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June 22, 2006

A Bone to Pick with the Buddha -- 2

Was my dispute with the Buddha based on a misunderstanding?

That quote I attributed to the Buddha, to which I took exception -- that the question of the existence of the gods "does not edify" -- I found in Jennifer Michael Hecht's comprehensive book, Doubt: A History. Been working to get closer to the quote's origins and, so far, have not found another reference to it.

The parable of the fire is mentioned: In it the Buddha, on being pressed to support one or another possibility for where the soul does or does not go after death, finally explains that this would be like asking whether the fire goes east or west when extinguished. And my researcher, Kaylan Connally, has found this answer/nonanswer, presumably by the Buddha, to the question of whether the gods -- devas -- exist: "It is firmly accepted in the world that devas exist." But "Buddha," "gods" and "edify" don't seem to spend much time in the same sentences.

Guess this supports Jay Saul's point about the difficulty of confirming anything that the Buddha or Jesus said. Though I sure would like to find at least some sort of vaguely legit source for this quote.

Posted by Mitchell Stephens at June 22, 2006 5:49 PM


don't know much about ... ; but in 'the pocket zen reader' (ed. thomas cleary) I've been reading of late, in an entry on 'no' by master Ming-pen, there's an interesting statement resembling (w/out a direct mention of gods) your quote -- offered only as a possible remote research lead:

"... At present it is only necessary for you to keep up the feeling of doubt at the saying you're looking into [no ironies here!]. You do not need to think about anything at all; any thought you conceive apart from the saying you're looking into, no matter whether it is a thought of Buddha or a thought of the teaching, is not right mindfulness, but a seed of birth and death.

"People who are really and truly doing the work are intent on it 24-hours a day, as intent as if they were saving their heads from burning, as if they were facing ten thousand adversaries single-handed. When would they find the lesisure time to be obsessed with their personal lives or worldly conditions? And what lesiure do they have to seek edification from others? What idle time, furthermore, do they have to question others, to look for sayings and statements, to seek interpretation and understanding?..."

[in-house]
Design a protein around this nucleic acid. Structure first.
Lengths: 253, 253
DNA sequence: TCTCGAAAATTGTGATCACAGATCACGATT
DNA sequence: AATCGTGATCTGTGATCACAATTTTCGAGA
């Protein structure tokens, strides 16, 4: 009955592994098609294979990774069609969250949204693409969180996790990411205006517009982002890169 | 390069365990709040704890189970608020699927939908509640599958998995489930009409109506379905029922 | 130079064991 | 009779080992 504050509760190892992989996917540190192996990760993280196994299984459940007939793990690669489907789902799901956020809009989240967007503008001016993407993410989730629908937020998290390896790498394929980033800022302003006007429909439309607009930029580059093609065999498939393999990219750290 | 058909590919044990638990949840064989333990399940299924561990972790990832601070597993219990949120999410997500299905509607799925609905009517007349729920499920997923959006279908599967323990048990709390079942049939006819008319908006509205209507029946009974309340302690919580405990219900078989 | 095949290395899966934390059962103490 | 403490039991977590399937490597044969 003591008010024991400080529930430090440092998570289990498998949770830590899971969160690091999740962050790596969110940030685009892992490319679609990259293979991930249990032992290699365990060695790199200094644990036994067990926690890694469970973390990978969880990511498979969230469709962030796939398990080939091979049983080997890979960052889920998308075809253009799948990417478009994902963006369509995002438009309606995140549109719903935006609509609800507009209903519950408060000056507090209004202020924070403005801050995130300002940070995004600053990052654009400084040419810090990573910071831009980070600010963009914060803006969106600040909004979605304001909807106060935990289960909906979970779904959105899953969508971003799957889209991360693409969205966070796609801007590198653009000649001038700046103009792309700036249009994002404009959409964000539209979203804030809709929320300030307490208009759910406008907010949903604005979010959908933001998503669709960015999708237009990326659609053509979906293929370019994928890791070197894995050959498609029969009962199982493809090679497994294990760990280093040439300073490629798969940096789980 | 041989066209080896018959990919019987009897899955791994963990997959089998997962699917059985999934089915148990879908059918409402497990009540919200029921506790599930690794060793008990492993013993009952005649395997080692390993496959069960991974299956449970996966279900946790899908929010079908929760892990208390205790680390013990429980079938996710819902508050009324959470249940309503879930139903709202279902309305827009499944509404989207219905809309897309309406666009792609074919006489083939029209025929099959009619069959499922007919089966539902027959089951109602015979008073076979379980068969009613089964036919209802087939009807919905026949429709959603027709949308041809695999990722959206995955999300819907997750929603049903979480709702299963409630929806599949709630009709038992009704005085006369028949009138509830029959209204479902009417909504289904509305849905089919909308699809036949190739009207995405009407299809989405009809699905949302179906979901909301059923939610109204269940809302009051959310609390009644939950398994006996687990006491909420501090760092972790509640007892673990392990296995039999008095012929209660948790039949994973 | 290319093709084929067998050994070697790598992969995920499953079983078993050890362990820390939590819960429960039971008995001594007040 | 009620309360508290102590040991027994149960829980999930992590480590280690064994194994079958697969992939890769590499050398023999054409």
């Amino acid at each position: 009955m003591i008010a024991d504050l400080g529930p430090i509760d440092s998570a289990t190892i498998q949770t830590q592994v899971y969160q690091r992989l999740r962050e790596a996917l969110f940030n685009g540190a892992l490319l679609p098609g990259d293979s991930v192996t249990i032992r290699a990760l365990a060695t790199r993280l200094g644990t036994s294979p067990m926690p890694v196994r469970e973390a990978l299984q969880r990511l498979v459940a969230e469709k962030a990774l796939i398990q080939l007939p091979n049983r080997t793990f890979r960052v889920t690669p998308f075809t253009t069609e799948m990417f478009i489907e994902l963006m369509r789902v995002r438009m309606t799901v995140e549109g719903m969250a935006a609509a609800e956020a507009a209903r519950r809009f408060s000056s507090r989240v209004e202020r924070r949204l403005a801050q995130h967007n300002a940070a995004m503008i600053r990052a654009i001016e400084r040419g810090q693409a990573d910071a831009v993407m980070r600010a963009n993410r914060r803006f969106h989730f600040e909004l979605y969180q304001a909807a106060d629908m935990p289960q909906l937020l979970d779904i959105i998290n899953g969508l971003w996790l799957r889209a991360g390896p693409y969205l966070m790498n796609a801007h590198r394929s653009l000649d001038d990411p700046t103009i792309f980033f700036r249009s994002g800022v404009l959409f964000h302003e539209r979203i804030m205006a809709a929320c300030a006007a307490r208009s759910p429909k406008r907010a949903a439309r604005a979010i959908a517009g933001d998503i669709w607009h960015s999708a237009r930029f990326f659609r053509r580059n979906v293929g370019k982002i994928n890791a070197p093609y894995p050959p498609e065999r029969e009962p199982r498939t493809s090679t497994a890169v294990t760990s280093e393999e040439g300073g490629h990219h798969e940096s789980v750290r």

The bib lists a book _Dhammapada: the sayings of the Buddha_ ('rendered' by Thomas Byrom). Perhaps there's a lead in here somewhere for your assistant to pursue..... however antithetical this may be to buddhism ;) .

Posted by: JM at June 22, 2006 7:12 PM

It is as though you have an eye
That sees all forms
But does not see itself.
This is how your mind is.
Its light penetrates everywhere
And engulfs everything,
So why does it not know itself?

Posted by: Jay Saul at June 22, 2006 10:24 PM

Here you can leave your mark

Posted by: warren at July 5, 2006 4:59 PM

The sutta below is one where the Buddha addresses what is 'edifying' to contemplate and not.
I don't particularly like the translation, but the first item referring to the eternity of the cosmos might also be interpreted as 'is there any entity in the cosmos that is eternal (ie. God )


Posted by: Michael at July 21, 2006 7:13 PM

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